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Originally Posted by 3furballs View Post
Sorry maybe I should have given fuller info. She's been traveling extensively in the US since she was six months and we're looking for a good first trip outside the US. Part of it is wanting to expose her to non-US places and part of it is my own wanderlust (too many empty pages in my passport).
What cultural nuances do I expect her to see? None, actually the opposite, I want her to see that people are all similar so that when she's older she can appreciate the cultural nuances.
Then I would say go somewhere where you can rent an apartment and connect with the locals at the market, the playground, etc. Staying in a hotel nicely insulates you from real life. AirBnB or the like would be one way to connect with people.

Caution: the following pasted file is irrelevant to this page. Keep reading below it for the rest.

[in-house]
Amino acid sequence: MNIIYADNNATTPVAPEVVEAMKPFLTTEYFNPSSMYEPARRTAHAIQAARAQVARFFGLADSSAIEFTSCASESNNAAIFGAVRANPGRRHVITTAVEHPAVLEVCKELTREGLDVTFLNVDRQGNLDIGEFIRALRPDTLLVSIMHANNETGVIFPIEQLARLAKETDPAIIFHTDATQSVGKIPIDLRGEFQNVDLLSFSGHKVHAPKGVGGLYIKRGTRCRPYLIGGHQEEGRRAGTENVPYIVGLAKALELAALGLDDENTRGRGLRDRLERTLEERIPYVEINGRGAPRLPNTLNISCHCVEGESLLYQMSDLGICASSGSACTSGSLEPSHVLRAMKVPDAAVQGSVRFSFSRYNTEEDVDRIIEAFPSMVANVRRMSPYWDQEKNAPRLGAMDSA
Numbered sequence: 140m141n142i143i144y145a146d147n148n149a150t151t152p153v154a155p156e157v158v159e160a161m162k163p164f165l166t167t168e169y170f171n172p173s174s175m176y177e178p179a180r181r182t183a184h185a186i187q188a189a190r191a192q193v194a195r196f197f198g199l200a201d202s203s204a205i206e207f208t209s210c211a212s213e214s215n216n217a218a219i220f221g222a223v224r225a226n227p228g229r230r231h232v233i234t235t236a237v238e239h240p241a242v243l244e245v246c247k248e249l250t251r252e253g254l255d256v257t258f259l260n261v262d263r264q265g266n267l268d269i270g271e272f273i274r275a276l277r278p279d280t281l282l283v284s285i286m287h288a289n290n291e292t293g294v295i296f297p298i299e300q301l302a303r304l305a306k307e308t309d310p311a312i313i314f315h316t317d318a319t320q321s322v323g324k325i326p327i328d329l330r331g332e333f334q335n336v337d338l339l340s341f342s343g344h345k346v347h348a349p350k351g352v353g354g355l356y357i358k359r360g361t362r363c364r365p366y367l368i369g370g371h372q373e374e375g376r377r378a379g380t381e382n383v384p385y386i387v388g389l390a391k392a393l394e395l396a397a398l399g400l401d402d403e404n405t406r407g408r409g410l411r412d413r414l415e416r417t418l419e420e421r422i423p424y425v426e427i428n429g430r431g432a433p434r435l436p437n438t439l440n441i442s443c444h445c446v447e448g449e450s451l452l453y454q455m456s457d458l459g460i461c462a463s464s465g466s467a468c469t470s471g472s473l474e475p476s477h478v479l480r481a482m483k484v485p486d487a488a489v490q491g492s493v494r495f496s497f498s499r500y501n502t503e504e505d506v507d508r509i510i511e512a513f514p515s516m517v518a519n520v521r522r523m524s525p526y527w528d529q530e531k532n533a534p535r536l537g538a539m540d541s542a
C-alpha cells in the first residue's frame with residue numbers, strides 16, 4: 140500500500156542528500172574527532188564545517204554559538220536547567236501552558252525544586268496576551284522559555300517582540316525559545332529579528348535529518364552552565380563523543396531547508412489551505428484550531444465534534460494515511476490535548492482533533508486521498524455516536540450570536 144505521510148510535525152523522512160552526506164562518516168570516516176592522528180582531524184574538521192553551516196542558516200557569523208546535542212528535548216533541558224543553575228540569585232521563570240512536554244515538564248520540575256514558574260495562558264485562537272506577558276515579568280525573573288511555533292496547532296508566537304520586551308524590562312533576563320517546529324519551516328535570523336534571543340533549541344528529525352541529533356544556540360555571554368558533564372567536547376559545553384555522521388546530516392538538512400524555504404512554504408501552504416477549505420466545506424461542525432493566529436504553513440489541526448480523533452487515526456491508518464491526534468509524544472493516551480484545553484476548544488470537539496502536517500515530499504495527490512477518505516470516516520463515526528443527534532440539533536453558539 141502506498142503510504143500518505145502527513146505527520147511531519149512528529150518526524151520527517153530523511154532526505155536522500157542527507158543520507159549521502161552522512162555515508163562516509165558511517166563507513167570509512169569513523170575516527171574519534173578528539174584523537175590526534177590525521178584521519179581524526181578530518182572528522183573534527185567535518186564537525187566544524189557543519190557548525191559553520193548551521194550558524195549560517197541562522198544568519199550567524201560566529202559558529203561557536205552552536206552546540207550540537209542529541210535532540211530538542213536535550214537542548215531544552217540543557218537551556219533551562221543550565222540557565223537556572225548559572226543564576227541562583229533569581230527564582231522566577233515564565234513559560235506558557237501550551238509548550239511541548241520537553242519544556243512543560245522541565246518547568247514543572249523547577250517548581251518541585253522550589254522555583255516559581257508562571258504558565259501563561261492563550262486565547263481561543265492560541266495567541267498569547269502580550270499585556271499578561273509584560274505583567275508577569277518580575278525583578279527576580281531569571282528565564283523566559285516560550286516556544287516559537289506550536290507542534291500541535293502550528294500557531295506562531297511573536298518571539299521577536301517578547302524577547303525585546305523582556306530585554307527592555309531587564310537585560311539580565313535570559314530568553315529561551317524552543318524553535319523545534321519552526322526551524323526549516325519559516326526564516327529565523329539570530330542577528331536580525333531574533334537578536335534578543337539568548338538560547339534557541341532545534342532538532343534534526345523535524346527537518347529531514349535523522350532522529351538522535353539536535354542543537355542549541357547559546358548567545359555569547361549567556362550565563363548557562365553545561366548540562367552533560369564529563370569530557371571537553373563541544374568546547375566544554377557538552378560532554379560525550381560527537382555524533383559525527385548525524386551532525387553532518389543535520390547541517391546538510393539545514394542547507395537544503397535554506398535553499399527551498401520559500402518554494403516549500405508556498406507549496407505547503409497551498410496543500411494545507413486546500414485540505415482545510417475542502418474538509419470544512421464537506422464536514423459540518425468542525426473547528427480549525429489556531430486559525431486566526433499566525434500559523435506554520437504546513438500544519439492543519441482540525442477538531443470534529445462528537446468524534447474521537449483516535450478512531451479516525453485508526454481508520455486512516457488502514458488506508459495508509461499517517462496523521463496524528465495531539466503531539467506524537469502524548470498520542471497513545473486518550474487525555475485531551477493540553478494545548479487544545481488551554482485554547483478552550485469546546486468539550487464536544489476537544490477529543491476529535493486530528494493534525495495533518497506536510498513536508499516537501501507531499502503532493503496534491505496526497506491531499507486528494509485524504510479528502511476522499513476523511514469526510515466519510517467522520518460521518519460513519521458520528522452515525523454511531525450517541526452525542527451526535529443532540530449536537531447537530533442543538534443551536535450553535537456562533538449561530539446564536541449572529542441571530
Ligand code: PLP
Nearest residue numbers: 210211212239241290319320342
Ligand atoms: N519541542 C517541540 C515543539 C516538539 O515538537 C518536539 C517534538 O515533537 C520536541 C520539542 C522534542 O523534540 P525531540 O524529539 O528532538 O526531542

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Old Jan 25, 17, 8:23 pm
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asia (including india if you stick to cities with connecting airports)
only bhutan is more expensive, not sure re budget

europe has quite a lot of variation, might avoid turkey at the moment

for cities, south america might include buenos aires
could check prices in San Miguel de Allende in mexico

CDTraveler, very easy to not be insulated at hotel/etc
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Old Jan 25, 17, 8:40 pm
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You might they googling for children's museums, toy museums, science museums (many of which have programs for kid's).